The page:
CHICAGO (CBS) -- Illinois is one step closer to legal recreational marijuana, and lawmakers are moving quickly.
Revisions were made Wednesday morning, and that's what legislators made moves on. The revisions no longer allow home-grown pot for everyone, just medical marijuana users. Medical marijuana patients may grow five plants. And it limits expungement for those with records involving marijuana. Those with convictions dealing with more than 30 grams, an individual will have to petition for expungement.
"We are the first state to attempt something this big and this comprehensive in one piece of legislation," said State Sen. Toi Hutchinson.
Gov. JB Pritzker campaigned for the proposal, which moved through the senate committee and the senate floor with a 38-17 vote.
"I think it's the biggest piece of social equity, social justice legislation that we've passed here in the State of Illinois," said State Sen. Heather Steans.
The bill would allow adults 21 and older to legally buy and possess marijuana -- 30 grams of cannabis flower or five grams of cannabis concentrate.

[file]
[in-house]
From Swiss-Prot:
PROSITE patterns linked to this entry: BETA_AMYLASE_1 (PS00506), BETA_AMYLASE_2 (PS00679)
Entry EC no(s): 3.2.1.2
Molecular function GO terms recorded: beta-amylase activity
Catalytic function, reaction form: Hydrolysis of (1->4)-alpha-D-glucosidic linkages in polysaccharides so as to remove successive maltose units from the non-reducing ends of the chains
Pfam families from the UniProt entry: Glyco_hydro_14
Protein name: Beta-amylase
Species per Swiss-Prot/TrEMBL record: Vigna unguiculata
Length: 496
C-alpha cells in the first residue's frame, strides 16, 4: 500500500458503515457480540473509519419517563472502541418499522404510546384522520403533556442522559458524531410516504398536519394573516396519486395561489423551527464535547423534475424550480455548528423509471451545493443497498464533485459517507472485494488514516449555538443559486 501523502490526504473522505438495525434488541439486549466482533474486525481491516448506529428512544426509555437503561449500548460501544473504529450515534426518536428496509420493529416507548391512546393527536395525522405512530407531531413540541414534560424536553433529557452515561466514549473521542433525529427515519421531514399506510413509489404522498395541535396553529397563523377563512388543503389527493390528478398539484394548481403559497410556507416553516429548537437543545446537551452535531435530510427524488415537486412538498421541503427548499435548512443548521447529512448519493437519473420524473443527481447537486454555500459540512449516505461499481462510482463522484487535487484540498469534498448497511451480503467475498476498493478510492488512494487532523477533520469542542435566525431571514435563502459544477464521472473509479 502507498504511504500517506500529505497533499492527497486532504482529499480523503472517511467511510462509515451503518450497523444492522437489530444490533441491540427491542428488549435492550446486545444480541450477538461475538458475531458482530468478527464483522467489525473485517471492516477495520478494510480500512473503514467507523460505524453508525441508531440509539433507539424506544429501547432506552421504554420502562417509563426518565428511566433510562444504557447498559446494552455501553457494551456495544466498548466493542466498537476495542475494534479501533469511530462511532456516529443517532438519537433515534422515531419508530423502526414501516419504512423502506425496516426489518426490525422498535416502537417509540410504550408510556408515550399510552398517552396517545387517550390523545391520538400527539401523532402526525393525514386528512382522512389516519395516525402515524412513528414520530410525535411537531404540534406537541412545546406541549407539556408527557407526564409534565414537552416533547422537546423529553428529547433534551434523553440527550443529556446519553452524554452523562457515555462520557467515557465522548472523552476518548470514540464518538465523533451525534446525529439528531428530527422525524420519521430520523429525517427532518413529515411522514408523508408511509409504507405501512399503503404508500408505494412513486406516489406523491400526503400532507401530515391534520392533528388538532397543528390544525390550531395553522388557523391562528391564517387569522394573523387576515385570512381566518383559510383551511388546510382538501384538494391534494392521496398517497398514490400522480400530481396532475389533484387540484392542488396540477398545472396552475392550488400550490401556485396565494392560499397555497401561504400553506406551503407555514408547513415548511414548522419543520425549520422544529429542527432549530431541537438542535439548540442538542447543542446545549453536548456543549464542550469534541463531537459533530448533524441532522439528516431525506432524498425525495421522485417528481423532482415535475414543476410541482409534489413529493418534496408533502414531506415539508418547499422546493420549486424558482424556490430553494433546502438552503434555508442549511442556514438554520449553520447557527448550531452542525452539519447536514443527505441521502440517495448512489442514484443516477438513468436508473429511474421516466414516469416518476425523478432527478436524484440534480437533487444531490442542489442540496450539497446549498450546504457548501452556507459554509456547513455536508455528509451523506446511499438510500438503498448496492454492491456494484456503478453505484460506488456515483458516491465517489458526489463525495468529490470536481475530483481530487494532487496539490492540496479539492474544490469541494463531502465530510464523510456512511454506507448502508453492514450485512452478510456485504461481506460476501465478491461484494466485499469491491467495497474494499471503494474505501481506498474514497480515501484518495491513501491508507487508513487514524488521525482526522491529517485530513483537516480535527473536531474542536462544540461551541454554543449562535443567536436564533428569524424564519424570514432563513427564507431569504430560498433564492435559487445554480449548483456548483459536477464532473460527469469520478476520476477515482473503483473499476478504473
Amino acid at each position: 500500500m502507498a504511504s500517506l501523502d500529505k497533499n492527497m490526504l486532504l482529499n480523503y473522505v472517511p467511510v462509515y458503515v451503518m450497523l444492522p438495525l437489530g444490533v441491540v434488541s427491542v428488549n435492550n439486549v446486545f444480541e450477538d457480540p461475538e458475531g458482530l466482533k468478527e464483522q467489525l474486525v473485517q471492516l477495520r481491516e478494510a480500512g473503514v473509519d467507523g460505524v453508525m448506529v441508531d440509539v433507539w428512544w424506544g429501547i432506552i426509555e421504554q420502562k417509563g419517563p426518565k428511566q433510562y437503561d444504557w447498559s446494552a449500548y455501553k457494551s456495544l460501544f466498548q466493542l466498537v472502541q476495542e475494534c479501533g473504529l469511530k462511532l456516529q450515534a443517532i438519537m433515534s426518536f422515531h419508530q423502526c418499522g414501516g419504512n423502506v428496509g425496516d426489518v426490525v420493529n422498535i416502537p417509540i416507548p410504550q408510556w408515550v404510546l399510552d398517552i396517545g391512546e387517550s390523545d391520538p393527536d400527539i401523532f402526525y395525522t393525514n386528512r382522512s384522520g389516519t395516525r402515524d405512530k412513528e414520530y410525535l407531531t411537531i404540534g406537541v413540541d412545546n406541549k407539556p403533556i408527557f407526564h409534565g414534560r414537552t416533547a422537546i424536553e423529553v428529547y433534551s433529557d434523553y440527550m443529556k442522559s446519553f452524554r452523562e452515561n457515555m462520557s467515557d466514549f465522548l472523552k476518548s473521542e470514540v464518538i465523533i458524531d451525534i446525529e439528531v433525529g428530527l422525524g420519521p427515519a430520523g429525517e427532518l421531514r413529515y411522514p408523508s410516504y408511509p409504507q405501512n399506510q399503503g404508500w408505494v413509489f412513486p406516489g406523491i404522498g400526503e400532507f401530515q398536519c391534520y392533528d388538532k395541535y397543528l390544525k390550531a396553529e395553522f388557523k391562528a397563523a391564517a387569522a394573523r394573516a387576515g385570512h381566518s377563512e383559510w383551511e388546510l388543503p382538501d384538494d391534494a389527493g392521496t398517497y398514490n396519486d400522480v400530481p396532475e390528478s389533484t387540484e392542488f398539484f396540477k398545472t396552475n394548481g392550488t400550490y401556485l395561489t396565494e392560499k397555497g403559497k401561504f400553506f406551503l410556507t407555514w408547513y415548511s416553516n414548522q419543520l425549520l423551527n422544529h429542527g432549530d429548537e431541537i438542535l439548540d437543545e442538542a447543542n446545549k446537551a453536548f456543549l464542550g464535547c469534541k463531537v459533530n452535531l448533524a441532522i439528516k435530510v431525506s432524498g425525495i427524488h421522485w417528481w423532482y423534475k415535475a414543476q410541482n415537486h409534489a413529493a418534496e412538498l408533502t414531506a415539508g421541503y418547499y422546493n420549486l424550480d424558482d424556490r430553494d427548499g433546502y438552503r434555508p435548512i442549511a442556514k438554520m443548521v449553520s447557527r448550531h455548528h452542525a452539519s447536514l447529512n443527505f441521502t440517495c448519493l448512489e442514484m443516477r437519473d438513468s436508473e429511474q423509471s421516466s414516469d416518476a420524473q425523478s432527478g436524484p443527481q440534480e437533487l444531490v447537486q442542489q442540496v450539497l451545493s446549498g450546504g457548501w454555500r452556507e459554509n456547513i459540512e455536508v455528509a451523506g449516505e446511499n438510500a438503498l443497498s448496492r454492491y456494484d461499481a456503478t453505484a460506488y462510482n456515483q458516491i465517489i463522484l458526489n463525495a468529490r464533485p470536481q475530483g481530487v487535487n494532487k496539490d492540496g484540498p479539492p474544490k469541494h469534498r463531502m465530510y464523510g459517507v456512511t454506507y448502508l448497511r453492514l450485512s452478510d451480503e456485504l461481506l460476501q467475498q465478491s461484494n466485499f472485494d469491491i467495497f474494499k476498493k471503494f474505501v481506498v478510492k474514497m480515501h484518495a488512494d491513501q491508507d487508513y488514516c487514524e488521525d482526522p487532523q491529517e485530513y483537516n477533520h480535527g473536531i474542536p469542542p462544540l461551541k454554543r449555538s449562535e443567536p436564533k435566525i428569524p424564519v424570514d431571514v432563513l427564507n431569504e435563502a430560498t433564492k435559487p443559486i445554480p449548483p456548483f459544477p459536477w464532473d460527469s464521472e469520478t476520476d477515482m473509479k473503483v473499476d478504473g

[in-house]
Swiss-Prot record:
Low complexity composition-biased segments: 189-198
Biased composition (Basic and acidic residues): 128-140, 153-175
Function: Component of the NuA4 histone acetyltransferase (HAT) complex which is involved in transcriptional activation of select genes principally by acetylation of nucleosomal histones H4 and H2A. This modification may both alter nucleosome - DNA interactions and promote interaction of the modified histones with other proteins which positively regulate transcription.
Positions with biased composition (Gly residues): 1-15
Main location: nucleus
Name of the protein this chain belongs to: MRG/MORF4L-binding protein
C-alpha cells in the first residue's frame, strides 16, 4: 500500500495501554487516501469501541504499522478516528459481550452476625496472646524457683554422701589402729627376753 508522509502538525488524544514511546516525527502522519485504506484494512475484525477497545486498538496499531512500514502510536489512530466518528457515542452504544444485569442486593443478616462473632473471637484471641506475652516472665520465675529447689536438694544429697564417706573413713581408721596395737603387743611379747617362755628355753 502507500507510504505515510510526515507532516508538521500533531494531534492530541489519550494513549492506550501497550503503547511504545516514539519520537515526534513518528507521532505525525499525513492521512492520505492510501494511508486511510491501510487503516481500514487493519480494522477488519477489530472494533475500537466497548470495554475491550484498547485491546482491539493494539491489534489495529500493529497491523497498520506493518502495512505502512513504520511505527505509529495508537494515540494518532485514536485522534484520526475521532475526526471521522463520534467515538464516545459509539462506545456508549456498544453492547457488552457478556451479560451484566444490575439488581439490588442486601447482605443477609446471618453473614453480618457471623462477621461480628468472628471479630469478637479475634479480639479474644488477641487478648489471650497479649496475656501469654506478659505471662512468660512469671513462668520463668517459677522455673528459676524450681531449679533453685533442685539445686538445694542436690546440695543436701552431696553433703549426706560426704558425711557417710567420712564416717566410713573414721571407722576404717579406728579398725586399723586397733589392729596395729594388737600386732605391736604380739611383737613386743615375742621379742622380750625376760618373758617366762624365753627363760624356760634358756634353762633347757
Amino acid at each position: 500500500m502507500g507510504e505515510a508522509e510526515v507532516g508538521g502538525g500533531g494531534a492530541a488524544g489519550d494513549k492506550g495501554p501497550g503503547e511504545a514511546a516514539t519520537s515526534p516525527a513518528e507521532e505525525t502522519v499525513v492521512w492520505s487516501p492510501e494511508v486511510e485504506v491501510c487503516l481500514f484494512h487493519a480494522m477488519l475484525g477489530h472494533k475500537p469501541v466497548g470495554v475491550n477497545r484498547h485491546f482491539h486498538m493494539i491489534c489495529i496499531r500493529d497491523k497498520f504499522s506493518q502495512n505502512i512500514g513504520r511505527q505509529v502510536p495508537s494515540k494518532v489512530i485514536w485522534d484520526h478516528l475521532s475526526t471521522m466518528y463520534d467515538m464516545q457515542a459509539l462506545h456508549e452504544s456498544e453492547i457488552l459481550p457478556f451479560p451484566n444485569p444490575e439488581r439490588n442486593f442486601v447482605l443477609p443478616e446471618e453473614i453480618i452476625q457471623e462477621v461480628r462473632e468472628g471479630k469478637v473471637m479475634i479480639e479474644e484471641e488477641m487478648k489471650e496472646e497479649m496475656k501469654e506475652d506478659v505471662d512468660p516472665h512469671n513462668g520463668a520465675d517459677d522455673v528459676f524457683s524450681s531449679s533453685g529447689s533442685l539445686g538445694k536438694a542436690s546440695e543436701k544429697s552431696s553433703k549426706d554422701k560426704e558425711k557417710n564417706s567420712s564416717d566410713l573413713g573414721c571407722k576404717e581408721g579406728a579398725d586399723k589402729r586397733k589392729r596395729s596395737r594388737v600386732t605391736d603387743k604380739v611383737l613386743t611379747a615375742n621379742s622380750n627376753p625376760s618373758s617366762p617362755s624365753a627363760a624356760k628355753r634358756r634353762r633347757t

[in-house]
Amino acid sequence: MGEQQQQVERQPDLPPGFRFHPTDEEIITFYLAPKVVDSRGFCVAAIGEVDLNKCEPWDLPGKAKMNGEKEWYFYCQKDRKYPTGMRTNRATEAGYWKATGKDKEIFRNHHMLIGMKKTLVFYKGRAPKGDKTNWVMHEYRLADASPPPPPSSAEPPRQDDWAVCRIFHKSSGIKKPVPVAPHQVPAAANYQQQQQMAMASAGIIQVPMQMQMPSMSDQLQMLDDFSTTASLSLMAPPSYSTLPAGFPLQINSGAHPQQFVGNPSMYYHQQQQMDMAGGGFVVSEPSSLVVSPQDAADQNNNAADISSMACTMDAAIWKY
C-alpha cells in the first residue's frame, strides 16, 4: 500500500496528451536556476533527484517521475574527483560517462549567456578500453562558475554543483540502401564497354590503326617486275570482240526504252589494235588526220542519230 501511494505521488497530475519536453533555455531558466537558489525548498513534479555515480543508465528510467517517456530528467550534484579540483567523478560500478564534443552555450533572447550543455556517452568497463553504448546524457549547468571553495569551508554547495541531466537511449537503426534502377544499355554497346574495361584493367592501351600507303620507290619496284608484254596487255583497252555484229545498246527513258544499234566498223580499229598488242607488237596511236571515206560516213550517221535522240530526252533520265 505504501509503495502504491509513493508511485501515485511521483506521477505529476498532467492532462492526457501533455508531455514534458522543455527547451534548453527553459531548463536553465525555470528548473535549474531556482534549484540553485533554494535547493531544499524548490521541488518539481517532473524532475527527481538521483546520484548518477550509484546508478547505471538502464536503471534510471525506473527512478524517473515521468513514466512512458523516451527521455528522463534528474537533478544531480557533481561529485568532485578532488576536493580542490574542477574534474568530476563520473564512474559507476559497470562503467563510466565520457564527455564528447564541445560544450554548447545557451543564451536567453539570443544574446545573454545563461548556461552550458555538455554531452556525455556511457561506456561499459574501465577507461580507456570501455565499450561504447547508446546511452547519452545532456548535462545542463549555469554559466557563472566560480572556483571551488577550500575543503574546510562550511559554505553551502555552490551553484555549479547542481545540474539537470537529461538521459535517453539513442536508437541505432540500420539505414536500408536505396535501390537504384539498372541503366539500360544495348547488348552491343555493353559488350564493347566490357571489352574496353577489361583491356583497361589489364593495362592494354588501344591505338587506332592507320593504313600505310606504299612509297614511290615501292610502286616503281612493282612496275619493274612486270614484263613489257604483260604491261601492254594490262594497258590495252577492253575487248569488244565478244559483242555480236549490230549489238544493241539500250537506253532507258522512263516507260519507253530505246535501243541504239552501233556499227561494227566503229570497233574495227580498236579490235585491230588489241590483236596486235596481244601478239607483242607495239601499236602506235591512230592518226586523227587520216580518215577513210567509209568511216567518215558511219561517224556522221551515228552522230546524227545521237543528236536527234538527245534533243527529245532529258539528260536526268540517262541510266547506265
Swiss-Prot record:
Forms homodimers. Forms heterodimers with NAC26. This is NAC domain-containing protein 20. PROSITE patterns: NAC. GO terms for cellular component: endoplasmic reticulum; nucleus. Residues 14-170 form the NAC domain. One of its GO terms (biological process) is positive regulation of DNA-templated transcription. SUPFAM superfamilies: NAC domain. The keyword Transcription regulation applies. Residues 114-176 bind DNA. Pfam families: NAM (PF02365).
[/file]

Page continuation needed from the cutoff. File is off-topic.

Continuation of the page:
According to the bill, cannabis products may not be transported over state lines, and tax revenue will cover needs and costs related to expungement or the clearing of marijuana related records before it's broken out. Additionally, local towns can decide individually how cannabis-related businesses may fit into their communities and employers may still maintain zero tolerance workplaces. Landlords and business owners can have zero tolerance policies as well.
Even with the changes, some are still against the proposal.
"More people are going to use, and that's going to create more hazards for the public, not less," said Dale Righter (R-Matoon). "Our kids are watching this. Maybe this is OK for us for now, and for a couple years we'll get tax revenue. But its meaning 10 or 15 years down the road? And that's my concern, and that's why I oppose the bill."
Attorney Larry Mishkin, who has specialized in medical marijuana since that became a reality in Illinois, explained that even though things moved quickly Wednesday, nothing will happen logistically overnight.
"Until the statue is passed, the administrative agencies don't go to work," he said.
The bill now moves to the house for a vote, which should come soon with just two days left to get it on Pritzker's desk before the current legislative session ends Friday.
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